Suddenly, Peter was trapped in a turmoil of repellent sensations. Hatred. Greed. The need to destroy. Disgust. Lust. Rage. It was a replay of the horror that occurred on the opening night of Peter’s exhibit. His bruised psyche recoiled in fear.  The redhead grinned at Peter’s obvious distress. It was the same type of sneer that might lurk on a boy’s face, as the boy amuses himself by torturing a puppy with a stick.  As he turned away from Peter, the redhead smiled with pleasure.

The photographer watched, pale and sweating and shaking, as the other man exited the art gallery in a leisurely manner.


Peter’s photographs of the redhead proved to be most enlightening, on several levels. Instead a suave and handsome human male, the pictures revealed a portrait of a devil, a gargoyle with the most intently evil expression imaginable. It was every sin personified, into one terrible, monstrous form.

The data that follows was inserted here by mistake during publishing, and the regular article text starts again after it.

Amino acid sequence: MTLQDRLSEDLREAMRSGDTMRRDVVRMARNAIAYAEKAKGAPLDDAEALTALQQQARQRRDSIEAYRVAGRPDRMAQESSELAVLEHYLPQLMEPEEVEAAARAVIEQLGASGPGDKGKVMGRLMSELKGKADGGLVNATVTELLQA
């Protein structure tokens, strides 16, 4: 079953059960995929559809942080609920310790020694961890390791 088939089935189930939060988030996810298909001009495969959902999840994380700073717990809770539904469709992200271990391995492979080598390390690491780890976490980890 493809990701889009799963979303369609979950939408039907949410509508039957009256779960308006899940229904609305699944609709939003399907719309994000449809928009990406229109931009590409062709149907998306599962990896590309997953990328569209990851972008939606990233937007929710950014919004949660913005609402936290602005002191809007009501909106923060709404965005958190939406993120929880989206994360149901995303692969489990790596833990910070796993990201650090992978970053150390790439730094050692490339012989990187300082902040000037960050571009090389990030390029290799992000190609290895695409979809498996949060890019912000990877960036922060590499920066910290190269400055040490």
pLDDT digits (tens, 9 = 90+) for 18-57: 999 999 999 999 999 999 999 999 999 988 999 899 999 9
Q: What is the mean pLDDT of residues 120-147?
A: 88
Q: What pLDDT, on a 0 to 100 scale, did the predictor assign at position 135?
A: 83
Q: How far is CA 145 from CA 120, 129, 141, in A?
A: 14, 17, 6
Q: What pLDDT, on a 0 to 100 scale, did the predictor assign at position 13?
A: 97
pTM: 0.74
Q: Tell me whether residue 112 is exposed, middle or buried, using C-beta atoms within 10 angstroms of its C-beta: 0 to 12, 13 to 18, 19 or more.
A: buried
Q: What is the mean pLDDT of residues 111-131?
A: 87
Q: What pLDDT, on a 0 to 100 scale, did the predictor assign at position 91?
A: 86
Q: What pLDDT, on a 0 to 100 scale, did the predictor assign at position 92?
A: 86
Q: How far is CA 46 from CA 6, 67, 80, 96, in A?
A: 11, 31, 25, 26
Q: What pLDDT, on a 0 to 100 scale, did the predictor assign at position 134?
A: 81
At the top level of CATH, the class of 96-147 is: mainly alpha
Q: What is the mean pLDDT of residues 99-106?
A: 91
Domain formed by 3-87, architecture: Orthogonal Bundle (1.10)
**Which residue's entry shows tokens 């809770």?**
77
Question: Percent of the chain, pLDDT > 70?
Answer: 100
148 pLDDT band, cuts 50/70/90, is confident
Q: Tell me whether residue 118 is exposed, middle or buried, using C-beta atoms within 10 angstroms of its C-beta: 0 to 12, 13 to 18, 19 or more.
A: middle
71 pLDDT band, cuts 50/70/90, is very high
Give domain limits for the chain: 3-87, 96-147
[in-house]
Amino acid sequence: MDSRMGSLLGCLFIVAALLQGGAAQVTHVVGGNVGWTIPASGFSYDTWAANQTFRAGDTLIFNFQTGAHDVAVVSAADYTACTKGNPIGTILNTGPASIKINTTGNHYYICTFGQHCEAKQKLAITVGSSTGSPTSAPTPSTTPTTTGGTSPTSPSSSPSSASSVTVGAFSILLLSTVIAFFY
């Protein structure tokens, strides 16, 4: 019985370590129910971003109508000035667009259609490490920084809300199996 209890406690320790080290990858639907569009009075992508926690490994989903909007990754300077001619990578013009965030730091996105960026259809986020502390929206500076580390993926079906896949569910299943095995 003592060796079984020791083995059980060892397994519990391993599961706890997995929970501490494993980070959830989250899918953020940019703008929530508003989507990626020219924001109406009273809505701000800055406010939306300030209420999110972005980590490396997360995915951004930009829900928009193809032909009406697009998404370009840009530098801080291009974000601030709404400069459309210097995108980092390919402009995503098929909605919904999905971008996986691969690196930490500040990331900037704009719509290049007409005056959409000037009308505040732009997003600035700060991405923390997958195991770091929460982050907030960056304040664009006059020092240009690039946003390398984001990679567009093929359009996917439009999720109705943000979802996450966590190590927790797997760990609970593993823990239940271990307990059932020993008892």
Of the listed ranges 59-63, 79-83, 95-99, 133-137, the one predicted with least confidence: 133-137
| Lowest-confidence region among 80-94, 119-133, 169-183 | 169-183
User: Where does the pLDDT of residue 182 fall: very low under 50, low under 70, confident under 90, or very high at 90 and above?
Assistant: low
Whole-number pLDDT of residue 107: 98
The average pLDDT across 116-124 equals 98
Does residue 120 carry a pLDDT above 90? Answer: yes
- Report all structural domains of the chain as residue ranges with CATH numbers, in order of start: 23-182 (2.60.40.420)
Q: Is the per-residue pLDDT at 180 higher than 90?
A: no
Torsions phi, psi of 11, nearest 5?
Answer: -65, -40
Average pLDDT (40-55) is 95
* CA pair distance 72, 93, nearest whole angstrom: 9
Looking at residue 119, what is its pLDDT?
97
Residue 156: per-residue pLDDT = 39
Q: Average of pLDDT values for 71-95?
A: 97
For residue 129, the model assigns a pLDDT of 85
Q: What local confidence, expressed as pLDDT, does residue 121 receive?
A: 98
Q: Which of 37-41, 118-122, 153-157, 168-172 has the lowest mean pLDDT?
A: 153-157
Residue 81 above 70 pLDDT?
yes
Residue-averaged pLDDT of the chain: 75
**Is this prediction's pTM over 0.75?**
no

After toying with the idea of releasing the photos to the press, Peter quietly burned the photos and the negatives. No one would believe the real circumstances behind the portraits. As well, Peter instinctively felt that any public release would be asking for trouble, lots of trouble.

Instead, Peter began to regularly attend church instead.


*I wrote this story nearly two decades ago. With ‘Lucifer’ playing on the small screen, I felt it was time to give it an airing. It need a major polish, but it has good bones.



Filed under Short Story, Uncategorized, writing

6 responses to “The Photograph – a short story

  1. Sounds like a trite comment but I was genuinely gripped. And you know how you read slower because you sense the ending is coming and you are not satiated?…Yeah that!

Leave a Reply

Fill in your details below or click an icon to log in: Logo

You are commenting using your account. Log Out /  Change )

Google+ photo

You are commenting using your Google+ account. Log Out /  Change )

Twitter picture

You are commenting using your Twitter account. Log Out /  Change )

Facebook photo

You are commenting using your Facebook account. Log Out /  Change )


Connecting to %s